Get Your Kids to Eat More Vegetables!
Experts say that children between the ages of 2 and 18 years of age require 1-3 servings of vegetables per day in order to keep them healthy and strong.
But what if your child would rather starve than take even one tiny bite of that broccoli?
If you’ve ever experienced the exhausting battle of trying to get your kids to eat all (or at least some) of their veggies, you’re certainly not alone. In fact, it’s remarkably common. The good news is, you don’t have to resort to force-feeding your kids or face monumental tantrums at every meal. All you need to do is come up with a few creative alternatives, like the following.
“Hide” veggies in other foods. There are a lot of different ways to do this and really, with enough creativity, you can sneak healthy ingredients into almost any dish you’re preparing without anyone being the wiser. For instance, you can use fresh tomatoes to make homemade pizza sauce, mix mild-tasting vegetable puree into mac and cheese, or incorporate some naturally sweet pumpkin into pancake batter. The possibilities are virtually limitless.
Experiment with different textures and consistencies. Sometimes the very sight of veggies in their traditional form can be enough to cause lock-jaw in a picky eater. By changing things up and playing around with different alternatives, you might just be able to sneak enough veggies by your unsuspecting child without incident. A great option for this is the new Hanover Foods Riced Steam-In-Bag vegetables, which are finely processed into a different consistency. For example, riced cauliflower can be used in place of mashed potatoes for the same taste and texture but a much better nutritional value.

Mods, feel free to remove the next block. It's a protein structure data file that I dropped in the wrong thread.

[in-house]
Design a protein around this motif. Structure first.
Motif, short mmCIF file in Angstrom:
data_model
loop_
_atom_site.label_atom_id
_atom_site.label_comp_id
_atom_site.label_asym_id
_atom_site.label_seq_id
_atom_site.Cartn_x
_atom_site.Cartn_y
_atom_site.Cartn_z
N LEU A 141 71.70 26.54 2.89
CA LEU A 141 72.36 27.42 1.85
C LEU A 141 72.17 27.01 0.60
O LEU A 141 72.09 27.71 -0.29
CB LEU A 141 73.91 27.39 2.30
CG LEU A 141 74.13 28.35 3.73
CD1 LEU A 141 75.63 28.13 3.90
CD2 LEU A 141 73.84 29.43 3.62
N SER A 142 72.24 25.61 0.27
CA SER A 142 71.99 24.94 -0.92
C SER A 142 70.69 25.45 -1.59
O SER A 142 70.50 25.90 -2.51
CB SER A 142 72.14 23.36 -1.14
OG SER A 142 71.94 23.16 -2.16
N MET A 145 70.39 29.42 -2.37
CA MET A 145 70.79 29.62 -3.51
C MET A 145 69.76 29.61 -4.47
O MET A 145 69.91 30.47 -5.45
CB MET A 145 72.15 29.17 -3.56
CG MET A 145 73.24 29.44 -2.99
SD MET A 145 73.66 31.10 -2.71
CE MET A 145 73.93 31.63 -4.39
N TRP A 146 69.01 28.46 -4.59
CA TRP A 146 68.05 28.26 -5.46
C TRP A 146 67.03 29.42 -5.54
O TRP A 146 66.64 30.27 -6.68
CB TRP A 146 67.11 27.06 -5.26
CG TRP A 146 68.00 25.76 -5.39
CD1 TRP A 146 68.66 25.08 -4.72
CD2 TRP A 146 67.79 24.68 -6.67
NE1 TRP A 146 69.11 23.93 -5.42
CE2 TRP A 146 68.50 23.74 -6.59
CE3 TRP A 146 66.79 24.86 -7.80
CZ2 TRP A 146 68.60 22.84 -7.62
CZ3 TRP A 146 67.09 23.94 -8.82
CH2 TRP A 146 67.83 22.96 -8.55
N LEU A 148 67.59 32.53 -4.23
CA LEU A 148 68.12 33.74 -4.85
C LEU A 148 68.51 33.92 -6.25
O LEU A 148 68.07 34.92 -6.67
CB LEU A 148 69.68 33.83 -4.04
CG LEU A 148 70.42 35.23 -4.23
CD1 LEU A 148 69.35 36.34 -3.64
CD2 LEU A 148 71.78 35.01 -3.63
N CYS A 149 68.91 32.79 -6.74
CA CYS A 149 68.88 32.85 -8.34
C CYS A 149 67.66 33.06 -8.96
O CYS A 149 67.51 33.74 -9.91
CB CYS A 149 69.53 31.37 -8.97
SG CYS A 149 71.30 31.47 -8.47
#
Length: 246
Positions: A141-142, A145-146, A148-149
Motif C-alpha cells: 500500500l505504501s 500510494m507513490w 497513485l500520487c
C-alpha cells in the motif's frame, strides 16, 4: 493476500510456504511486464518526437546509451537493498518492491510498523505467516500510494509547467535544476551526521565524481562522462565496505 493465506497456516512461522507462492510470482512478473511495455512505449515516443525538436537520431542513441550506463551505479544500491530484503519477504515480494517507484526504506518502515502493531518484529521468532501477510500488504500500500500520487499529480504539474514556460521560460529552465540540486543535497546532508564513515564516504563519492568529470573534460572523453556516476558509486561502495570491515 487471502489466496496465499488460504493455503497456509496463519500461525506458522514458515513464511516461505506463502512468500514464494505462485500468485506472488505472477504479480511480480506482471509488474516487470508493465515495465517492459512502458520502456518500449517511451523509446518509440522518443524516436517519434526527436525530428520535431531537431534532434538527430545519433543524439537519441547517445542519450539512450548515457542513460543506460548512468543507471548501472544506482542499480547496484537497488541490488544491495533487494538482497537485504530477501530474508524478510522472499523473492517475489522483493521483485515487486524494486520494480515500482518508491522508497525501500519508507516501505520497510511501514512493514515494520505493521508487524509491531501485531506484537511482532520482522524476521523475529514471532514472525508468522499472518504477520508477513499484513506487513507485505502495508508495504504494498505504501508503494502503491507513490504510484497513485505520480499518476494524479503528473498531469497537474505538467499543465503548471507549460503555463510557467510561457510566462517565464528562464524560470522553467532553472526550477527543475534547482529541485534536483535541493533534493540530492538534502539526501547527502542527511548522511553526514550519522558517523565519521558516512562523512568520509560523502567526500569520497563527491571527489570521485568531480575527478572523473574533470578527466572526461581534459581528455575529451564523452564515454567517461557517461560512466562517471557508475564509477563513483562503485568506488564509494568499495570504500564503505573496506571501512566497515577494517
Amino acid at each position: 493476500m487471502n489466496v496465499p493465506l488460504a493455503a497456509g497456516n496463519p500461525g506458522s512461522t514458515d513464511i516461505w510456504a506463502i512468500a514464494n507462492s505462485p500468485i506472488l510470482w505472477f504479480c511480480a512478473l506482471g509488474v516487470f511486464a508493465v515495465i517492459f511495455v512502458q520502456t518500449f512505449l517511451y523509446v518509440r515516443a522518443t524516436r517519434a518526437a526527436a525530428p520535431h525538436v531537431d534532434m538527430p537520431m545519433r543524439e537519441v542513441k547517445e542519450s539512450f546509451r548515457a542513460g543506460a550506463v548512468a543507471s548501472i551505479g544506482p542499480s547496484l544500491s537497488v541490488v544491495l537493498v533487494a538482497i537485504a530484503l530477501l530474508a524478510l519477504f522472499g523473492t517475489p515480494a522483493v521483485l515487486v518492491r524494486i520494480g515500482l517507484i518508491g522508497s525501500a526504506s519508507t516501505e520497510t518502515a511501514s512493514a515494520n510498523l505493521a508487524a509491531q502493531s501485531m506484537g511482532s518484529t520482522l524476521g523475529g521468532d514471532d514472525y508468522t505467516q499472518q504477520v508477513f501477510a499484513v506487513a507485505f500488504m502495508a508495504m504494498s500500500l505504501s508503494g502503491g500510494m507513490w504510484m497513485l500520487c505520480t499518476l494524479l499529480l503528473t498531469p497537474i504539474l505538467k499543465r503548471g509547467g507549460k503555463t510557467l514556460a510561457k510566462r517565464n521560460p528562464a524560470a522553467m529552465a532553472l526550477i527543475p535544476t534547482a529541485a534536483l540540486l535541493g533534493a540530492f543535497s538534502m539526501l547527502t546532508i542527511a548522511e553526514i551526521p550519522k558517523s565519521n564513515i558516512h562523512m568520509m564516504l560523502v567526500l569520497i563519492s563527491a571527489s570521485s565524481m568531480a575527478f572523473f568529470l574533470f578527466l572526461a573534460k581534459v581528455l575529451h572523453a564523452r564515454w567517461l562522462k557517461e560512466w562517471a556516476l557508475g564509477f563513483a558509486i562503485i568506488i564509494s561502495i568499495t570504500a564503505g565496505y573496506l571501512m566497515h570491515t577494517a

Juice it up. Your kids may not want to eat their veggies, but they’d probably say ‘yes’ to a tasty cup of juice. Combining certain vegetables with fruits, such as juicing carrots with apples can disguise the taste of the veggies altogether. Try blending the mixture with ice to make a delicious smoothie. Or, pour the juice mixture into popsicle molds and freeze them for the perfect, refreshing summer “treat” that your kids will never know is good for them.
Incorporate additional flavors. Your child may not be a huge fan of carrots or green beans, but what about things like butter, salad dressing, ketchup or cheese? It’s ok to add a few extra calories if it’ll make that bowl of veggies more appealing – as long as you don’t overdo it. Sometimes just presenting a new option can be enough to get an otherwise finicky youngster on board with eating healthy. How about giving our cheese sauce recipe a try!
Be a good example. Ever notice how your toddler mimics the way you walk, sit or even talk on the phone? Children are like little sponges – they’re constantly watching us and learning based on what they see us do. If you want your kids to eat more veggies, set a good example by including vegetables with each of your own meals. Eventually, it will pay off – for both of you.
Above all, don’t give up. Remember that it can take 10-15 exposures to a certain food before your child acquires a taste for it. In the meantime, you can skip the battle and still feel like you’ve accomplished something at the end of the day by applying the tricks listed above. And if you’re truly concerned about your child’s nutrition, speak with his or her pediatrician for additional guidance.